NDP Leader Jagmeet Singh had attempted to walk a fine line in promoting his party’s motion. He has said that while he has no qualms with Johnston, he understands that others do and that creates an appearance of bias that taints his work.
Conservative Leader Pierre Poilievre has been egging Singh on to trigger an election over the issue.
The NDP signed on to a confidence-and-supply deal with the Liberals, in which it agreed to support the minority government in key parliamentary votes in exchange for movement on shared priorities, such as dental care.
Singh has said he will not kibosh that deal over the issue, arguing that it wouldn’t make sense to set the wheels in motion for an election when Canadians have concerns about alleged foreign interference in the last two federal contests.
The motion was brought forward by NDP Jenny Kwan. She recently told reporters that the Canadian Security Intelligence Service informed her she has been a target of China since before the 2019 federal vote, because of her advocacy around human rights in China.
Trudeau has dismissed allegations of Johnston is in a conflict of interest as politically motivated attacks without any basis in fact.
Speaking to reporters last week, Johnston also defended his work, saying this has been the first time his impartiality has been questioned, which he finds “troubling.”
He has said his “friendship” with the prime minister is rooted only in the five or so times their families went skiing together decades ago.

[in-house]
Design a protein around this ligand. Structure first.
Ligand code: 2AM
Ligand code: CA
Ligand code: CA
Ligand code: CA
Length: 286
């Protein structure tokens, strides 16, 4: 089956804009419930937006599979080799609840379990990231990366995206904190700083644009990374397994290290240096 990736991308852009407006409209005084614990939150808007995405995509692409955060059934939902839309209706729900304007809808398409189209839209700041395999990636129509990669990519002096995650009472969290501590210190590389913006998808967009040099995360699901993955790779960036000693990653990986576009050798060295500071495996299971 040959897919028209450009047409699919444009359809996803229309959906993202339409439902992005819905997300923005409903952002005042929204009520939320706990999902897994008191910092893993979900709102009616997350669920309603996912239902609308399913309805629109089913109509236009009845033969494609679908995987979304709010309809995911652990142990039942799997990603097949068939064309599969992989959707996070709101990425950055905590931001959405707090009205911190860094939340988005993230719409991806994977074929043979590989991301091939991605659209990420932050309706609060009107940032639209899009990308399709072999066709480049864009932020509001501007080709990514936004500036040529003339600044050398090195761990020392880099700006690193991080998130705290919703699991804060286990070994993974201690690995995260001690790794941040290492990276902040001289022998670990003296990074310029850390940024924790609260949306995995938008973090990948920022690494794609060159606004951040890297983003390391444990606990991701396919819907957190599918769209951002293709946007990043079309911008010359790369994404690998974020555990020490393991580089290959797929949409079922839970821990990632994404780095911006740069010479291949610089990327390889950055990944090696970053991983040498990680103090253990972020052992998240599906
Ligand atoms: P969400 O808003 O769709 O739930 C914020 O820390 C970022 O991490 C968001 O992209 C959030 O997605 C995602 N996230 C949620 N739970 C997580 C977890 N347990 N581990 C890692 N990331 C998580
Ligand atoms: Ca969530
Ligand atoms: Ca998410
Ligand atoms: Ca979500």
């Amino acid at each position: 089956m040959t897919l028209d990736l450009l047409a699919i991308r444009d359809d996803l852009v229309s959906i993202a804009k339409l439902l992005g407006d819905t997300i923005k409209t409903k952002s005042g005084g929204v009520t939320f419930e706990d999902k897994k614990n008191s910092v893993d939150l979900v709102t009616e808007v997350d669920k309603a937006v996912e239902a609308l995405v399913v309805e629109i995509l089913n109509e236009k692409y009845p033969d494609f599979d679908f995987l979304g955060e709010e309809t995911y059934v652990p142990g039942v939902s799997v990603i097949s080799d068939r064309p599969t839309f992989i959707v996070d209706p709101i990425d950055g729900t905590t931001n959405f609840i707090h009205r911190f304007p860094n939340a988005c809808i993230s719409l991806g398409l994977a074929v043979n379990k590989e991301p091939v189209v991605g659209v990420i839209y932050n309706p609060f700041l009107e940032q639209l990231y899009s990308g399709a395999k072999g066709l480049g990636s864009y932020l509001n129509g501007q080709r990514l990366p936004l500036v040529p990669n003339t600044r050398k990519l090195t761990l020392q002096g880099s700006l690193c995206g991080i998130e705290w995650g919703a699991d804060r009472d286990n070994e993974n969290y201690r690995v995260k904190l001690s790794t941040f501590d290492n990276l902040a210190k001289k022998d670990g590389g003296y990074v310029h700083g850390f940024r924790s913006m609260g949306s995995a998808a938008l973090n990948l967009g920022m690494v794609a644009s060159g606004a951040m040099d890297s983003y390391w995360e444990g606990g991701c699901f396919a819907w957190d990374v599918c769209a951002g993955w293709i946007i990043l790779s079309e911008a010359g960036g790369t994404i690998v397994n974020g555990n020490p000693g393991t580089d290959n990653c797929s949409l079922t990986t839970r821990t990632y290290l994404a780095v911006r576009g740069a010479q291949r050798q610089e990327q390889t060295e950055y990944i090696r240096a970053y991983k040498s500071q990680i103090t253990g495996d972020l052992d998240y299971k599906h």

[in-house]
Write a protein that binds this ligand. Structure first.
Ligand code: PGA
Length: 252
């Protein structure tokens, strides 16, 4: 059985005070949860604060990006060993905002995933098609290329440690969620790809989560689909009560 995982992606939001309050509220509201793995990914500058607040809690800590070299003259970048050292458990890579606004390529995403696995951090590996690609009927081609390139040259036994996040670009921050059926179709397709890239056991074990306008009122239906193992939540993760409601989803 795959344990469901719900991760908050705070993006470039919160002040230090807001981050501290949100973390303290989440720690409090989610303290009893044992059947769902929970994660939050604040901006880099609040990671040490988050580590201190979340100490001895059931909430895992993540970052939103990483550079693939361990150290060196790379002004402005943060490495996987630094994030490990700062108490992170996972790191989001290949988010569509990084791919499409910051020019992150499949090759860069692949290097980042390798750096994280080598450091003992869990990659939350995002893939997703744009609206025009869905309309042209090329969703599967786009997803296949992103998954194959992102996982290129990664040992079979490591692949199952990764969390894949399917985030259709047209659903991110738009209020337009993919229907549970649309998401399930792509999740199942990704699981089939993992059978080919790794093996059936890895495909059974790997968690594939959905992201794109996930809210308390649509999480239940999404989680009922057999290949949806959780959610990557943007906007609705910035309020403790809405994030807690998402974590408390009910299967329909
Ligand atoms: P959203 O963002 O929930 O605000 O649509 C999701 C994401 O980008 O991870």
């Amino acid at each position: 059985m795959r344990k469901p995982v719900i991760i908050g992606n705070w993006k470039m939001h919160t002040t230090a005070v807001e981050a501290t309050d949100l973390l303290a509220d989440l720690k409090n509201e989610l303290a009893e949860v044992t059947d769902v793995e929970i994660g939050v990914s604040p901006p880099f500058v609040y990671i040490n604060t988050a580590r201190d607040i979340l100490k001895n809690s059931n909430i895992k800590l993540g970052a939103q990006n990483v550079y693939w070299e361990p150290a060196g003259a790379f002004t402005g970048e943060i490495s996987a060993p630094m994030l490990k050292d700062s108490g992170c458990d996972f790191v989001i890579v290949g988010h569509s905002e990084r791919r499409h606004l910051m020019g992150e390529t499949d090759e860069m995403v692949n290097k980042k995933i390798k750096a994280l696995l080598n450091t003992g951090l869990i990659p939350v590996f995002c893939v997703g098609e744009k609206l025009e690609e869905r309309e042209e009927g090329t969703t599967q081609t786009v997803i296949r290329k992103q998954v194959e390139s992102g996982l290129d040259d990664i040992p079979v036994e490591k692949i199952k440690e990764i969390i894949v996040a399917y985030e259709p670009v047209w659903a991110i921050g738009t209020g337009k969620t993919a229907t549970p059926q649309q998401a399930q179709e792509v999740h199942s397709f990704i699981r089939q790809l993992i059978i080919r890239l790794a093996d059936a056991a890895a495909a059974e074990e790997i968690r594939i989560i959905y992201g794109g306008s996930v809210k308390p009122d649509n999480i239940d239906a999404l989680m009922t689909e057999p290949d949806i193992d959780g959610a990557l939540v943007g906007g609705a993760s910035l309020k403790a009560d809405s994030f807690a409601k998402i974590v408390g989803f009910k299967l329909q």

Trudeau was also a student at McGill University at the time when Johnston was serving as principal and vice-chancellor.
This report by The Canadian Press was first published May 31, 2023.
German inflation slows to 6.1% in May, though food prices are still surging
A hydrogen train passes a field with poppy flowers in the Taunus region near Frankfurt, Germany, Wednesday, May 31, 2023. (AP Photo/Michael Probst)
BERLIN (AP) — German inflation eased to 6.1% in May following several months of declines, even as Europe’s biggest economy registered another painful increase in food prices of nearly 15%.
Preliminary figures show that the annual inflation rate was lower than the 7.2% registered in April, the Federal Statistical Office said Wednesday. In February, it stood at 8.7%.
Increases in energy prices, which drove inflation immediately after Russia’s invasion of Ukraine last year, were much lower in May at 2.6% — in part because of the sharp rises a year earlier and government efforts to offset their impact.
Those measures include the introduction of a ticket that allows people to use local and regional public transport across Germany for 49 euros ($52.50) per month. That ticket has been available since May 1, and about 10 million people have bought it so far, according to the VDV group, an association of transport companies.
Food prices now are driving inflation, although the annual increase in food costs was down to 14.9% in May from 22.3% in March.
On Tuesday, the statistics office said real wages in Germany were 2.3% lower in the first quarter than a year earlier, despite a 5.6% increase in nominal wages.
Last week, official data showed the German economy shrank in the first three months of this year, marking the second quarter of contraction that is one definition of recession.
Gross domestic product declined by 0.3% in the January-March period compared with the previous quarter. That follows a drop of 0.5% in the last quarter of 2022.
Germany is one of the 20 countries that uses the euro currency, and inflation figures for that wider eurozone will be reported Thursday. The rate inched up to 7% in April.